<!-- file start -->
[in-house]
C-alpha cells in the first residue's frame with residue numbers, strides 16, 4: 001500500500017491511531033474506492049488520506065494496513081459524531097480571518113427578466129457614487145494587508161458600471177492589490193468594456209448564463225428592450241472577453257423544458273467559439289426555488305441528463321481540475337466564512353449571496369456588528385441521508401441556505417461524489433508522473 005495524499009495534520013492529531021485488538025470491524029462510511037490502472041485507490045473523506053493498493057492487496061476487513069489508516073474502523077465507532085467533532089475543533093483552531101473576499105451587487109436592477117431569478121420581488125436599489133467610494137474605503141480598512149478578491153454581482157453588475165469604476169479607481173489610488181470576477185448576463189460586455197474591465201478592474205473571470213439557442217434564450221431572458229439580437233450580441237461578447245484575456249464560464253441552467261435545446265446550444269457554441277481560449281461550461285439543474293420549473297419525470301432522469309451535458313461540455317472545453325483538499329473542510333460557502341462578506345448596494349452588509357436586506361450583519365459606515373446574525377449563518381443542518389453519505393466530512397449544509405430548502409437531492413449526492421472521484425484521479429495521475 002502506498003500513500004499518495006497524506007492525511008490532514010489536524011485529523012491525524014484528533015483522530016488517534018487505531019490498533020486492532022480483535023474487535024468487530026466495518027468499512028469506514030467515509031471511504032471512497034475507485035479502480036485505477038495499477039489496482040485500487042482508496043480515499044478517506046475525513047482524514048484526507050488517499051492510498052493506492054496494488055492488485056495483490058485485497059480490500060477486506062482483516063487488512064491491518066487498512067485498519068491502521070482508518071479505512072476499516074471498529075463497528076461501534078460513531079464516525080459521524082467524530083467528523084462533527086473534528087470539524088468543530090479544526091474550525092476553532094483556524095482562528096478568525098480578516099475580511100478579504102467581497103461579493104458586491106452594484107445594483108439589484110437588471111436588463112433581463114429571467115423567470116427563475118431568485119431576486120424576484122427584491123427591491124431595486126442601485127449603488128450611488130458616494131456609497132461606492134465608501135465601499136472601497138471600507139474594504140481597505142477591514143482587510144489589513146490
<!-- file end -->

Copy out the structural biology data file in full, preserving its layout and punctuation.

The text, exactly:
[in-house]
C-alpha cells in the first residue's frame with residue numbers, strides 16, 4: 001500500500017491511531033474506492049488520506065494496513081459524531097480571518113427578466129457614487145494587508161458600471177492589490193468594456209448564463225428592450241472577453257423544458273467559439289426555488305441528463321481540475337466564512353449571496369456588528385441521508401441556505417461524489433508522473 005495524499009495534520013492529531021485488538025470491524029462510511037490502472041485507490045473523506053493498493057492487496061476487513069489508516073474502523077465507532085467533532089475543533093483552531101473576499105451587487109436592477117431569478121420581488125436599489133467610494137474605503141480598512149478578491153454581482157453588475165469604476169479607481173489610488181470576477185448576463189460586455197474591465201478592474205473571470213439557442217434564450221431572458229439580437233450580441237461578447245484575456249464560464253441552467261435545446265446550444269457554441277481560449281461550461285439543474293420549473297419525470301432522469309451535458313461540455317472545453325483538499329473542510333460557502341462578506345448596494349452588509357436586506361450583519365459606515373446574525377449563518381443542518389453519505393466530512397449544509405430548502409437531492413449526492421472521484425484521479429495521475 002502506498003500513500004499518495006497524506007492525511008490532514010489536524011485529523012491525524014484528533015483522530016488517534018487505531019490498533020486492532022480483535023474487535024468487530026466495518027468499512028469506514030467515509031471511504032471512497034475507485035479502480036485505477038495499477039489496482040485500487042482508496043480515499044478517506046475525513047482524514048484526507050488517499051492510498052493506492054496494488055492488485056495483490058485485497059480490500060477486506062482483516063487488512064491491518066487498512067485498519068491502521070482508518071479505512072476499516074471498529075463497528076461501534078460513531079464516525080459521524082467524530083467528523084462533527086473534528087470539524088468543530090479544526091474550525092476553532094483556524095482562528096478568525098480578516099475580511100478579504102467581497103461579493104458586491106452594484107445594483108439589484110437588471111436588463112433581463114429571467115423567470116427563475118431568485119431576486120424576484122427584491123427591491124431595486126442601485127449603488128450611488130458616494131456609497132461606492134465608501135465601499136472601497138471600507139474594504140481597505142477591514143482587510144489589513146490